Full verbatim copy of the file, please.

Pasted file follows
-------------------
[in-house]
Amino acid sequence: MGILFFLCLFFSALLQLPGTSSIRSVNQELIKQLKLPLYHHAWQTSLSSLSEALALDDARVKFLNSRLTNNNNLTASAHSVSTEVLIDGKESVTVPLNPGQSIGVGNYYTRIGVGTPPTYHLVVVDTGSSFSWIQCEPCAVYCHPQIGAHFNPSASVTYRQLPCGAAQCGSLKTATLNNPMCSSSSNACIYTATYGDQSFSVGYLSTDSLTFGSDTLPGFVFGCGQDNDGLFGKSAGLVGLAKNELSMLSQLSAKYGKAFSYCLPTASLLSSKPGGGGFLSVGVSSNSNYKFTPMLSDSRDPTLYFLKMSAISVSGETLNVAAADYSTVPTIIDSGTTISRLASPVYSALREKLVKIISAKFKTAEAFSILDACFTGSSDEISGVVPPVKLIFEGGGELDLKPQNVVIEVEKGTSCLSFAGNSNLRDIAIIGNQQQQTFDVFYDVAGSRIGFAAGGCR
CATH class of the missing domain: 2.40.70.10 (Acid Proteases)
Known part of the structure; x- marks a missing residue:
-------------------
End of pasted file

[in-house]
Amino acid sequence: MGILFFLCLFFSALLQLPGTSSIRSVNQELIKQLKLPLYHHAWQTSLSSLSEALALDDARVKFLNSRLTNNNNLTASAHSVSTEVLIDGKESVTVPLNPGQSIGVGNYYTRIGVGTPPTYHLVVVDTGSSFSWIQCEPCAVYCHPQIGAHFNPSASVTYRQLPCGAAQCGSLKTATLNNPMCSSSSNACIYTATYGDQSFSVGYLSTDSLTFGSDTLPGFVFGCGQDNDGLFGKSAGLVGLAKNELSMLSQLSAKYGKAFSYCLPTASLLSSKPGGGGFLSVGVSSNSNYKFTPMLSDSRDPTLYFLKMSAISVSGETLNVAAADYSTVPTIIDSGTTISRLASPVYSALREKLVKIISAKFKTAEAFSILDACFTGSSDEISGVVPPVKLIFEGGGELDLKPQNVVIEVEKGTSCLSFAGNSNLRDIAIIGNQQQQTFDVFYDVAGSRIGFAAGGCR
CATH class of the missing domain: 2.40.70.10 (Acid Proteases)
Known part of the structure; x- marks a missing residue: